On January 16th, the British Antarctic Survey research team announced it is not going to spend the winter at the Halley VI station due to growing concerns regarding the staff’s safety amid changes in Antarctica’s ice sheet.
Last month preparations were in order to relocate the research station further inland while still remaining operational, because of the threat posed by the growing the crack in the ice sheet. However, the researchers now say the station will be completely shut down during the southern hemisphere’s winter months, between March and November. Furthermore, the people who were meant to winter in the Halley VI research station will move out.
The British Antarctic Survey claims the researchers have no way of accurately predicting future changes in the ice sheet for the forthcoming winter or beyond that, as a matter of fact. Before the researchers decided to move out, they ran simulations in order to determine how much of a threat the growing crack in the ice sheet really is. After they completed the simulations and created enough bathymetric maps, they found sufficient evidence to support their fears and subsequently decided to abandon the station for the winter.
For the winter months, only 16 people were due to stay at the Halley VI research station. During the summer months of the southern hemisphere, approximately 80 people work at the station. While it is easier to evacuate during the summer, in case of an emergency, it is almost impossible to safely retrieve the staff during winter in extremely low temperatures and 24-hour darkness.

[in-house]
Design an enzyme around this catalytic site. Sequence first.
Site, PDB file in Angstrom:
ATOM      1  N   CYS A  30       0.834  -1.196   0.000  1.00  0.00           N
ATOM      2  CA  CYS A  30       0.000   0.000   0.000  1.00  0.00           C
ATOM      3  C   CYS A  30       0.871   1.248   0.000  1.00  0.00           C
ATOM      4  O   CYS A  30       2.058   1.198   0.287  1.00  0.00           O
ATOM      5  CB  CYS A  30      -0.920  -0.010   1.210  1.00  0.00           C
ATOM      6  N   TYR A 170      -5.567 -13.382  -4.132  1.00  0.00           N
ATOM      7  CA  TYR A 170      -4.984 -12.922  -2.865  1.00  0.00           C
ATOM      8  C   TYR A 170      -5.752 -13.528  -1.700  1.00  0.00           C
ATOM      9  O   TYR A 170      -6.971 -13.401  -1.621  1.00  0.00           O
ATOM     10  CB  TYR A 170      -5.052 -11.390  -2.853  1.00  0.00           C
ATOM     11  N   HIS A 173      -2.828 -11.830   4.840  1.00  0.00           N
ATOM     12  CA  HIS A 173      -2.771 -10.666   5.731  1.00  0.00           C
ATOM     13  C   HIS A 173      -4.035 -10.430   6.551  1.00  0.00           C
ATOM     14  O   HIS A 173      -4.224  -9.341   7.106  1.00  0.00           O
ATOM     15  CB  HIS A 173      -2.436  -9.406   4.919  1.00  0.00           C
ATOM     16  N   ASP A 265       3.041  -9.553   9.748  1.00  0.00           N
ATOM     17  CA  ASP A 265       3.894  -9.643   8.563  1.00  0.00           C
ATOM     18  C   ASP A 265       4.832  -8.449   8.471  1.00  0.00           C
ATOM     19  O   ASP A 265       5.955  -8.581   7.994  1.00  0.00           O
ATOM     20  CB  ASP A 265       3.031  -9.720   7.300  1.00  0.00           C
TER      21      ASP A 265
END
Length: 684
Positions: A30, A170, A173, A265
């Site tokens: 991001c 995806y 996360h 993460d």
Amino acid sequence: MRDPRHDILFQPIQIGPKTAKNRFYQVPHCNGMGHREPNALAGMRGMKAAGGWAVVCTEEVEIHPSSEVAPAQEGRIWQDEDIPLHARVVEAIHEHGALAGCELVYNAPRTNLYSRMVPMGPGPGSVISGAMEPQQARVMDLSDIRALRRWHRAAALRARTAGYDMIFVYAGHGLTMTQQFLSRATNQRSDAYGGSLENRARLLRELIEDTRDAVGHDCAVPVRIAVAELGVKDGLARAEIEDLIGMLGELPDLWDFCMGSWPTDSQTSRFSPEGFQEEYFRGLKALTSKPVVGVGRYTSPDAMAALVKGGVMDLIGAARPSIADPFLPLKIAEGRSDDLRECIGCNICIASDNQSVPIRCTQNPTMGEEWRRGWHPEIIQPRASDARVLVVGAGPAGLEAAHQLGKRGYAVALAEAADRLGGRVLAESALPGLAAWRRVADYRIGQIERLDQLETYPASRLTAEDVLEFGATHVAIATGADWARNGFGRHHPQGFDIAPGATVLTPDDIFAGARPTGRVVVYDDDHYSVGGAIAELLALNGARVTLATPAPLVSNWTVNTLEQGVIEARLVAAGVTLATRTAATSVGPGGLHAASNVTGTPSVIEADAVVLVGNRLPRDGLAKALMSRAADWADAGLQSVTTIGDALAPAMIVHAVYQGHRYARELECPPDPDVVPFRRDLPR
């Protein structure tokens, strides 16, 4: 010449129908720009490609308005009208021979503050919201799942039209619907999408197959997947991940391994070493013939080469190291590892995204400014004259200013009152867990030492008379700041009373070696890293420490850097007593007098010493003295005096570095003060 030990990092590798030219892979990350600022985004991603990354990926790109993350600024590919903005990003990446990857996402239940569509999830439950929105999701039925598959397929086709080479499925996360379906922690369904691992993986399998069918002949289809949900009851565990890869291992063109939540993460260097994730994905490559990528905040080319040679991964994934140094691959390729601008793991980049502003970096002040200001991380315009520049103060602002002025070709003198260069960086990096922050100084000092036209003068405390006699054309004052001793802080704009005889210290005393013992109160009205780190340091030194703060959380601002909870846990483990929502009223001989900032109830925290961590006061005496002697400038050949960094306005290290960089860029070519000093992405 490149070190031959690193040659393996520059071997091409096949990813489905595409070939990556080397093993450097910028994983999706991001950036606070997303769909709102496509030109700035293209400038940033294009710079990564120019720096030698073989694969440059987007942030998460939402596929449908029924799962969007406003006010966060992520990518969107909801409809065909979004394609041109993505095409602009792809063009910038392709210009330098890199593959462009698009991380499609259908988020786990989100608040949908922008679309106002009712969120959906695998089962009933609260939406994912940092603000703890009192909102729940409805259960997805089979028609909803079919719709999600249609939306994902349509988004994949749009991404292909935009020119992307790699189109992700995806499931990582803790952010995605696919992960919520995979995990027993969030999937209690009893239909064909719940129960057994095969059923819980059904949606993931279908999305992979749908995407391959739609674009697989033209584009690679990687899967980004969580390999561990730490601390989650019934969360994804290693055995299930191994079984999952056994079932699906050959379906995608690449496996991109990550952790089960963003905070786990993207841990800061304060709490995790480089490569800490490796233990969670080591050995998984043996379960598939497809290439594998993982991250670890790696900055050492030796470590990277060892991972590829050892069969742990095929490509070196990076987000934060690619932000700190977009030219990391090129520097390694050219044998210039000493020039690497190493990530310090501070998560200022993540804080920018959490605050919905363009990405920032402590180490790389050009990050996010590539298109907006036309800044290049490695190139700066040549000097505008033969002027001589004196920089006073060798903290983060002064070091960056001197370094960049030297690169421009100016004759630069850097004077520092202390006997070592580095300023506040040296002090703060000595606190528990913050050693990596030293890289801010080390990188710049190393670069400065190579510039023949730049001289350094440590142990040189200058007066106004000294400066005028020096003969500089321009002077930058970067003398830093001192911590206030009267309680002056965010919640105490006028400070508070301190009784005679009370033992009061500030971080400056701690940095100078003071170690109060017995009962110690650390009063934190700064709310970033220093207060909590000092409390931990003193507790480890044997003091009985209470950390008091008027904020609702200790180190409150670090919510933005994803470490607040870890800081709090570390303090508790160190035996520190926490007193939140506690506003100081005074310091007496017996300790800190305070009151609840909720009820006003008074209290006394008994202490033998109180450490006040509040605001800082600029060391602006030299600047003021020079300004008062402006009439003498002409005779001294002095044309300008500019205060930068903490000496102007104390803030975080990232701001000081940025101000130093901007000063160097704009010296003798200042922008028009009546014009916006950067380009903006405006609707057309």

As of now, the British Antarctic Survey officials say the crack poses no immediate threat to the researchers or the station. They deem the relocation as nothing more but a precautionary measure. Furthermore, the researchers plan to return to the station as soon as possible.
The Halley VI research station is composed of eight modules and rests on huge skies. It has been in place on the Brunt ice shelf since 2012 and was already designed for the possibility of relocation. Seven of the modules have already been moved 14 miles inland, away from the cracks in the ice shelf.
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